Denver Series Likely To Be The All-American's Final Home Games
It's kind of amazing how spoiled Wisconsin hockey fans have been recently. The talent that has moved through the Badger program over the past decade has been amazing.
Guys like Ryan Suter, Rene Bourque, Dany Heatley and Joe Pavelski have become upper echilon players in the NHL. Recently, players like Derek Stepan, Ryan McDonagh, Kyle Turris, and Jake Gardiner have showed that the Madison pipeline to the league isn't going to dry up any time soon.
Wisconsin junior Justin Schultz is prepared to be the next Badger to carry the torch in the show.
The defenseman from West Kelowna, British Columbia is once again having an All-American type season, and is widely considered the top blue-liner in college hockey.
With Wisconsin's chances of hosting a home playoff series gone, this weekend's games against Denver will likely be the last time the Hobey Baker candidate will wear a Badger sweater in front of the home Kohl Center fans.
Schultz, who wears an "A" on his sweater as an alternate captain has been a leader on, and off the ice for the Badgers this season.
Badger head coach Mike Eaves spoke about his All-American blue-liner and what he brings to this program.
"He is probably our hardest working (player) on our team on a day-to-day basis in practice," Eaves said.
"And if you're a younger guy, and you're looking at this guy who is so skilled, and he's our hardest working, then I want to take that lead as well. So he teaches without even saying anything."
The 6'2, 185 pound defenseman currently paces the Badgers in goals with 12, and is second in points with 38 in 28 games.
Scoring is nothing new to Schultz. Last year in his sophomore season, Schultz topped all defensemen in scoring with 47 points in 41 games.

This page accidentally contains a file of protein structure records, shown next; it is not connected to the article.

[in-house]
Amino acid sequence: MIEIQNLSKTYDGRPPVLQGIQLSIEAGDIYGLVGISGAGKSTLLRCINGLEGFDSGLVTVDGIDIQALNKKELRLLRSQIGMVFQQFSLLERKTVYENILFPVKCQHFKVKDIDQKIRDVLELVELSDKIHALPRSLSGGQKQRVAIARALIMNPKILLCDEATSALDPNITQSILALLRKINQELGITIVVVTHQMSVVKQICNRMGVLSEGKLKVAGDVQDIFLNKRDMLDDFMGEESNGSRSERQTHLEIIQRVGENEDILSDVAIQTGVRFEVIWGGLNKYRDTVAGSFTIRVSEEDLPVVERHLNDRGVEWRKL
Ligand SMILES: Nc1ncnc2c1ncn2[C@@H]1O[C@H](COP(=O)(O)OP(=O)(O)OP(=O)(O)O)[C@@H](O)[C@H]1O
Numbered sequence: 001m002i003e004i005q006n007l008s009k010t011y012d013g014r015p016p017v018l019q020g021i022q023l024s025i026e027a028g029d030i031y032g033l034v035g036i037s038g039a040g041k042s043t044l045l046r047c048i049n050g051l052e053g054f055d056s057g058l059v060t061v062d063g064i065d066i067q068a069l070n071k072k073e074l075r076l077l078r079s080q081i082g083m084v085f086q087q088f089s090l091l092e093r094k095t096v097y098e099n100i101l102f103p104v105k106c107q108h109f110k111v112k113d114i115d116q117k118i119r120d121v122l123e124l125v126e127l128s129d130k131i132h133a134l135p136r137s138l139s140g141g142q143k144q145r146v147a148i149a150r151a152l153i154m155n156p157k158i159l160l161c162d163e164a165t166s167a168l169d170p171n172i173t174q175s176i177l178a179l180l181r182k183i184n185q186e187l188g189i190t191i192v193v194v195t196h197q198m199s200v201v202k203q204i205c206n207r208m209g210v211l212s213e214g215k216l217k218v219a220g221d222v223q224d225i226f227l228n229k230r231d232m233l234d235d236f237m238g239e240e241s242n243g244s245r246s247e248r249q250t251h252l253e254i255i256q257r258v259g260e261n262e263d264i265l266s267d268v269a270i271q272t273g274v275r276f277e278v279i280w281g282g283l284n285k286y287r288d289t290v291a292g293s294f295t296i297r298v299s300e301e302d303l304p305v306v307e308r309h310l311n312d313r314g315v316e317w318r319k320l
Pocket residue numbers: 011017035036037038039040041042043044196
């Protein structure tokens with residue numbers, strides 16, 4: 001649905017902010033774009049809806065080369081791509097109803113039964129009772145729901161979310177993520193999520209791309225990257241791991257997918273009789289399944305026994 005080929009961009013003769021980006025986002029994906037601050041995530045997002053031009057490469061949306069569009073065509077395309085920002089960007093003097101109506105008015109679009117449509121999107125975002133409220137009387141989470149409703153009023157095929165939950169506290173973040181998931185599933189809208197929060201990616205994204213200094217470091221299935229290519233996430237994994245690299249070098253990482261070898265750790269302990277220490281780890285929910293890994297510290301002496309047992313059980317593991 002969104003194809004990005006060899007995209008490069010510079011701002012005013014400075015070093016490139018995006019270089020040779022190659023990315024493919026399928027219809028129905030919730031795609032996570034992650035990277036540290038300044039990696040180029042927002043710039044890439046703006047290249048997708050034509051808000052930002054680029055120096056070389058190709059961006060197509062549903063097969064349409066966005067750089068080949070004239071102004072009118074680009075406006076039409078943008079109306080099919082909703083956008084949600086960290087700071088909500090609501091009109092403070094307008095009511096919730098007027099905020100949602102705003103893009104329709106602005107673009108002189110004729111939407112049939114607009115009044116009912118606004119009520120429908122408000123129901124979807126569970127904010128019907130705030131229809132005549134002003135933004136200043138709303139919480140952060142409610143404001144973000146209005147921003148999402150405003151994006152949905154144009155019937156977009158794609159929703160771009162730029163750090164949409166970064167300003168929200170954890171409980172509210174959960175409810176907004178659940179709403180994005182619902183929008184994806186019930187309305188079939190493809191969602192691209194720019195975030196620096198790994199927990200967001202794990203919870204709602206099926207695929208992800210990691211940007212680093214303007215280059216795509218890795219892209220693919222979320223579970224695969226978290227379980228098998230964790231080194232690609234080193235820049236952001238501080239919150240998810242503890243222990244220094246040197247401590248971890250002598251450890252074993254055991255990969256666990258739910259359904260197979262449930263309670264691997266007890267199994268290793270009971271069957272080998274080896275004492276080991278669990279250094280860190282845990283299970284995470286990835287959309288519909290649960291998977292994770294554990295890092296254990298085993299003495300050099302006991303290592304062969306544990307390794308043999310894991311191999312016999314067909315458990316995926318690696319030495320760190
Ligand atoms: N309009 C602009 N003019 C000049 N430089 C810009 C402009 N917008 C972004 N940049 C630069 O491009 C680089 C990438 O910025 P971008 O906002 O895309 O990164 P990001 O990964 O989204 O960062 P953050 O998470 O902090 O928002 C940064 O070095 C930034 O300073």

Schultz is on a historical pace this season. His 1.36 points per game pace is the exact same as Denver's Matt Carle in 2005-2006 when he won the Hobey Baker.
Earlier this season Schulz hit the 100 point plateau for his career. The last Badger blue-liner to do the same was Brian Rafalski, who happened to go on to a pretty decent 11 year NHL career.
True respect, is when you're respected by your peers. And judging by the comments from his teammates, there's no question he has command of the Badger locker room.
"I don't think he gets tired, to be honest with you. It's just so effortless when he skates, and the biggest thing is he's so competitive that he wants to be out there," junior center Derek Lee noted after a recent game.
"It shows every night. He's a game-changer."
It's certainly a treat for younger players on the Badger roster to watch him on a daily basis.
"I learn stuff from him everyday. He's a great role model in the locker room. On the ice he does stuff that I only imagine doing," freshman Joseph LaBate noted.
"He's a great player and he's playing at a NHL level right now. I'm really happy for him. He's doing great."
While Schultz will never admit publicly that he's leaving Wisconsin at the end of the season, anyone with any sense of the situation realizes it's time for the All-American to move on to the next level.
It's likely that the Anaheim Ducks who drafted him in the second round in 2008 will sign him when the Badgers season is over, and insert him into the lineup immediately.
It's my hope that the Badger fans in Madison this weekend realize that the special player that they've been able to marvel over for the past three seasons will be stepping onto the Kohl Center ice for the last time.
He's treated us for the past three seasons, I hope we can treat him to a sold out Kohl Center for his last home games as a Badger.
It's the least we can do.
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